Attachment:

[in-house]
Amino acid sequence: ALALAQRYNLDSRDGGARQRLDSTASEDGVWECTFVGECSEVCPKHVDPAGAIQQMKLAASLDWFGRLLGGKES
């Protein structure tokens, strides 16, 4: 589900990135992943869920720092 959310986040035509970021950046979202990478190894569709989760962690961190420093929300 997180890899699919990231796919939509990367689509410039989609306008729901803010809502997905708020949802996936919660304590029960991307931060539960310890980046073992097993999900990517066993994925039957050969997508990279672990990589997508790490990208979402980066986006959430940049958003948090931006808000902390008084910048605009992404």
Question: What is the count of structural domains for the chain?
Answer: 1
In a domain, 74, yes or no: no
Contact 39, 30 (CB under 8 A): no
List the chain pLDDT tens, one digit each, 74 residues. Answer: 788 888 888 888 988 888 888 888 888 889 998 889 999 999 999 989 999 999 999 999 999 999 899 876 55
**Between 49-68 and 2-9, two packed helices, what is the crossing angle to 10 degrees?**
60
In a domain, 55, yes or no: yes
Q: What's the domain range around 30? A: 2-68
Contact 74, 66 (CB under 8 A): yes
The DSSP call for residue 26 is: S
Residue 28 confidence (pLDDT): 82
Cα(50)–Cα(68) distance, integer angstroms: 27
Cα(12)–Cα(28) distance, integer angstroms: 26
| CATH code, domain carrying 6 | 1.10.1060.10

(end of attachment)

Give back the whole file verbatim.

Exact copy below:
[in-house]
Amino acid sequence: ALALAQRYNLDSRDGGARQRLDSTASEDGVWECTFVGECSEVCPKHVDPAGAIQQMKLAASLDWFGRLLGGKES
């Protein structure tokens, strides 16, 4: 589900990135992943869920720092 959310986040035509970021950046979202990478190894569709989760962690961190420093929300 997180890899699919990231796919939509990367689509410039989609306008729901803010809502997905708020949802996936919660304590029960991307931060539960310890980046073992097993999900990517066993994925039957050969997508990279672990990589997508790490990208979402980066986006959430940049958003948090931006808000902390008084910048605009992404």
Question: What is the count of structural domains for the chain?
Answer: 1
In a domain, 74, yes or no: no
Contact 39, 30 (CB under 8 A): no
List the chain pLDDT tens, one digit each, 74 residues. Answer: 788 888 888 888 988 888 888 888 888 889 998 889 999 999 999 989 999 999 999 999 999 999 899 876 55
**Between 49-68 and 2-9, two packed helices, what is the crossing angle to 10 degrees?**
60
In a domain, 55, yes or no: yes
Q: What's the domain range around 30? A: 2-68
Contact 74, 66 (CB under 8 A): yes
The DSSP call for residue 26 is: S
Residue 28 confidence (pLDDT): 82
Cα(50)–Cα(68) distance, integer angstroms: 27
Cα(12)–Cα(28) distance, integer angstroms: 26
| CATH code, domain carrying 6 | 1.10.1060.10